Doctors, health experts and scientists are fighting COVID-19 misinformation on a daily basis. Like the platform Facebook And Twitter Policies have been adopted in an attempt to reduce widespread false claims, but some have no rules A team of 270 doctors, nurses, scientists and educators Sent an open letter to Spotify Following a recent episode The Joe Rogan experience, Calling on the streaming service to adopt a clear policy and to “fulfill its responsibility to reduce the spread of misinformation”.
In the December 31 episode of his podcast, Joe Rogan interviewed Dr. Robert Malone, a virologist who said he was a creator of mRNA technology. It is Obscure Whether it is true. During the chat, Malone made baseless claims about COVID-19, including the notion that “mass psychosis” led people to believe the vaccines were effective, and the idea that President Biden withheld data supporting ivermectin as a legitimate treatment. The episode quickly went viral among critics and fans as Rogan had an average of 10 million listeners per episode. YouTube A video of the interview has been removed And Malone was recently Banned from Twitter Platform COVID-19 for incorrect information policy violations.
“By allowing false and socially harmful statements to spread, Spotify is enabling its hosted media to undermine public confidence in scientific research and sow the seeds of doubt in the credibility of data-driven guidelines provided by medical professionals.” The letter explains. “[The episode] The Spotify is not the only transgression on the platform, it is a relevant example of the platform’s failure to reduce the damage it causes. “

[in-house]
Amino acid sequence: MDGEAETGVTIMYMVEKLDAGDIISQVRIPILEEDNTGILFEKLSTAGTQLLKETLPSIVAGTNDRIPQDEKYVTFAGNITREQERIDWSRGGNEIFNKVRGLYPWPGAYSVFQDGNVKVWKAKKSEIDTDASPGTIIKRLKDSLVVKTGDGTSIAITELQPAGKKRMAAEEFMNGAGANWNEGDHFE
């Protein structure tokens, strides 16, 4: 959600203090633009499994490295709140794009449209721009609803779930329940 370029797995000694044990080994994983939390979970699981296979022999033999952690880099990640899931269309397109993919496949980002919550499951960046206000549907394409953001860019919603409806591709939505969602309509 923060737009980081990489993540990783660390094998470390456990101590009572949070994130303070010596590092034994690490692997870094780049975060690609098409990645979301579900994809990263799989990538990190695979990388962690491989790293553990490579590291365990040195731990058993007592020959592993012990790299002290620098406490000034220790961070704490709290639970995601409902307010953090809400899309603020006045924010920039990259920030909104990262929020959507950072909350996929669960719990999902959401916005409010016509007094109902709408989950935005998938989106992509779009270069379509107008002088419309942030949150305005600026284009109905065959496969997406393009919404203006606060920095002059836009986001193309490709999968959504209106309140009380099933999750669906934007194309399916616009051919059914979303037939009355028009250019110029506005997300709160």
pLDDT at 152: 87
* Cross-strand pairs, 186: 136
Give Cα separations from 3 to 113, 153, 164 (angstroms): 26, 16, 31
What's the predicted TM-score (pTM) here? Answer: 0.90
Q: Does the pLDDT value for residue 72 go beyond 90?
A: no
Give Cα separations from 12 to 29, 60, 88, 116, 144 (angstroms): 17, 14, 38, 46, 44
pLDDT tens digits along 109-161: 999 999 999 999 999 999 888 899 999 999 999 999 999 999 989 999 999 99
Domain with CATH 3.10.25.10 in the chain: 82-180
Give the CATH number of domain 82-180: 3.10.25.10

In April, The Verge reported That was exactly the case with the Spotify Rogan episode where he encouraged 21-year-olds not to get vaccinated. A company source indicated that the message was not “externally anti-vaccine” and that he “did not make a call for action.” Verge’s Ashley Carmen then wrote. Spotify cites more explicit examples of vaccine misinformation, including A song by musician Ian Brown And A podcast from Pete Evans. The company has said in the past that it “prohibits content on the platform that promotes dangerous false, deceptive or misleading content about COVID-19 that could cause offline harm and / or pose a direct threat to public health.” And when something violates that guideline, it is removed.
However, this open letter indicates that Spotify has no official misinformation policy like Facebook, Twitter, YouTube and others. The group is asking the platform to do just that instead of taking direct action against Rogan or removing the episode in question. They want companies to make rules that hold podcast producers accountable for the content of their programs.
Spotify paid $ 100 million to lock down Joe Rogan experience As An exclusive podcast In 2020. The show was the most popular on the platform in 2021, Both in the United States and worldwide. When Rogan came under fire for criticizing guests’ choices, including another example of epidemiological misinformation in an episode with Alex Jones, Spotify CEO Daniel One said the platform There was no editorial responsibility On the podcast.
“We also have a lot of paid rappers in Spotify, who make millions of dollars every year from Spotify.” One said Axios. “And we don’t determine what they put in their songs.”
Spotify did not respond to a request from Engadget for comment on both the open letter and the company’s misinformation policy.
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